Tuesday, December 04, 2007

Wheelie bins

There is a fellow blogger who shall not be named that seems to be having a problem with wheelie bins. Well, not really wheelie bins themselves but employees of a company that manufactures wheelie bins. For some reason these employees of the wheelie bin manufacturer are out to search the web for sites that mention wheelie bins in the hope of somehow obtaining information on their company or other employees at their wheelie bin company. (well, did I say wheelie bins enough to get Google to put me on their wheelie bin search list?)

So I thought I would join in the effort to flood the blog-o-sphere with wheelie bin posts in the hope of confusing all employees of wheelie bin manufacturers who search Google for wheelie bin postings.

Our daughter lives in Portland, and there all residents are required to use wheelie bins supplied by the rubbish company that has the contract for trash pickup. She has three, one for trash, one for greens and one for recyclables such as paper, aluminum and glass. Unfortunately the city is trying to force recycling; Portland is well known as a modern productive city that believes in such things; and thus the wheelie bins are rather small. They are picked up weekly, and our daughter and family have no problem in confining their weekly trash to one bin. They do not subscribe to a newspaper, and do not drink much so the recyclables bin is usually fairly empty. They do have a yard, and in Portland, with all the rain, things grow very well, so the greens bin does tend to get filled up. The problem they have though is in home improvement.

They have been in their house since May, and are trying to make it a better place that fits their lifestyle. This means a different place that what the previous tenant had in mind. This requires modification of the house and garage, which sometimes entails the removal of walls and other hard items as well as the installation of new walls and things. The result of removal and insertion is some amount of construction rubbish. The only place to put this rubbish is the one small trash bin, which is already filled with their house trash. This means that they must cut this rubbish into small pieces and keep a pile in the back yard and then slowly put it into the empty space in their bin prior to each week’s pickup. This they have been doing for the past several months, with not much of a diminution of the total pile. Yes, they could request a large construction dumpster and put their pile into it, but unfortunately their pile only requires about a fifth of a dumpster, which would have to sit in the street in front of their house for three days. I say unfortunately because you pay a base dumpster fee, plus the trash is weighed and you pay a per pound fee. As they have seen, any dumpster left on the street will be used by other homeowners wishing to get rid of their old refrigerators, mattresses, and their construction debris. This means that our daughter would end up paying a lot of money in order to dispose of other people’s trash. A full dumpster with disposal fees costs over $1,000, depending on weight. This seems rather excessive, as the total costs of their remodeling effort is less than this, thus resulting in the disposal fees being several times higher than the construction costs. Plus, there are some additional yard modifications that they wish to do as well.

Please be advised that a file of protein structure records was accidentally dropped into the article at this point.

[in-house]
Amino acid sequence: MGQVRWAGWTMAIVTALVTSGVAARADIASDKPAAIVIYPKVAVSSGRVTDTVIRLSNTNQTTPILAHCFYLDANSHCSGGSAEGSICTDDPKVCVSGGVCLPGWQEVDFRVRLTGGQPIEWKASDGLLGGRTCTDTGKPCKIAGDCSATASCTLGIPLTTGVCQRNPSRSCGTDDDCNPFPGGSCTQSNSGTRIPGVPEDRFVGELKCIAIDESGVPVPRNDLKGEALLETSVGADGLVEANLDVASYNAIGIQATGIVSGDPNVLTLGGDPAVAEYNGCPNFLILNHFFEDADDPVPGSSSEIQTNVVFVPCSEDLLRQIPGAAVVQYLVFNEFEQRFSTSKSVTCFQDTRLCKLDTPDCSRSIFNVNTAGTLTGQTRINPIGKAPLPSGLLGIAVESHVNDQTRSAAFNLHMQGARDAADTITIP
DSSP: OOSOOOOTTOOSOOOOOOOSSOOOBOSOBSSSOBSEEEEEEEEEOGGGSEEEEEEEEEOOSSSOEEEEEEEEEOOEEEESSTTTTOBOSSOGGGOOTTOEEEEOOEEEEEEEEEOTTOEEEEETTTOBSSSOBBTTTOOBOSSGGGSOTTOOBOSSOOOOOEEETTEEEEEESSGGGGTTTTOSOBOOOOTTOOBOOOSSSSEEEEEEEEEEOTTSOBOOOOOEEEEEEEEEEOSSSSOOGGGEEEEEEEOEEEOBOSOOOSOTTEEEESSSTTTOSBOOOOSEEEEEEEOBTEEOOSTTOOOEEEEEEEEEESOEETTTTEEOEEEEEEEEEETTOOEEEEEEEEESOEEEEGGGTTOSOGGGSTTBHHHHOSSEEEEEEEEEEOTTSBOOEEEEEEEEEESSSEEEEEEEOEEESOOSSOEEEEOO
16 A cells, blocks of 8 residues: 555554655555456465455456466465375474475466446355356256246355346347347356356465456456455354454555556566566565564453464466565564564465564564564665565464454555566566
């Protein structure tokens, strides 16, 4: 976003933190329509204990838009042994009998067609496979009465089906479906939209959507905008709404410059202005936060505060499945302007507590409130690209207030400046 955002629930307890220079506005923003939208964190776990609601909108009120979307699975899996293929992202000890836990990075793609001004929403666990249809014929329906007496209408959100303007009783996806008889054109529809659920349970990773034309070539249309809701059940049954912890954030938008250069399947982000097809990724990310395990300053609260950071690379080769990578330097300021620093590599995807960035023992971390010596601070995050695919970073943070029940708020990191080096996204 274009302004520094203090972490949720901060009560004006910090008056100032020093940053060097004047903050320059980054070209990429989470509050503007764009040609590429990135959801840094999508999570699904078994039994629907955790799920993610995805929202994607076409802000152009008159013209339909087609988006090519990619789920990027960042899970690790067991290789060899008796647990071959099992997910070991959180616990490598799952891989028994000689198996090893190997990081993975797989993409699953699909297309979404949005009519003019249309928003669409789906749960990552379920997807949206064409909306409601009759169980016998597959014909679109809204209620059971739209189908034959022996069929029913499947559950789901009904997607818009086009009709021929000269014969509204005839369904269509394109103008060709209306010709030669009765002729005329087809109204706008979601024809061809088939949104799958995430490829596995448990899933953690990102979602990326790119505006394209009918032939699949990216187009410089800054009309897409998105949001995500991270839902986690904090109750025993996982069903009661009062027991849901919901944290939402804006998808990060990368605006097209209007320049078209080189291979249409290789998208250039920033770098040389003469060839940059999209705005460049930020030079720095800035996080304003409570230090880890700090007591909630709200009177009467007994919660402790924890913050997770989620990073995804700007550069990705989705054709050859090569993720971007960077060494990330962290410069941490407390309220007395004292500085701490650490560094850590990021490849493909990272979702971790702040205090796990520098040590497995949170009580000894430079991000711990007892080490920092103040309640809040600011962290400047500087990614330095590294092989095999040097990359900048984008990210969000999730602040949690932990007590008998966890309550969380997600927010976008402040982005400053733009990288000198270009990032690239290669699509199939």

I understand the desire of large cities to reduce their trash, what with an increase in population resulting in an increase in trash, with no corresponding effort made to increase the landfills into which this trash is placed. The city refuses to permit her to get additional wheelie bins for her trash, stating that a house of the size she is in only rates one bin, and her family should reduce their outgo in order to meet what is specified.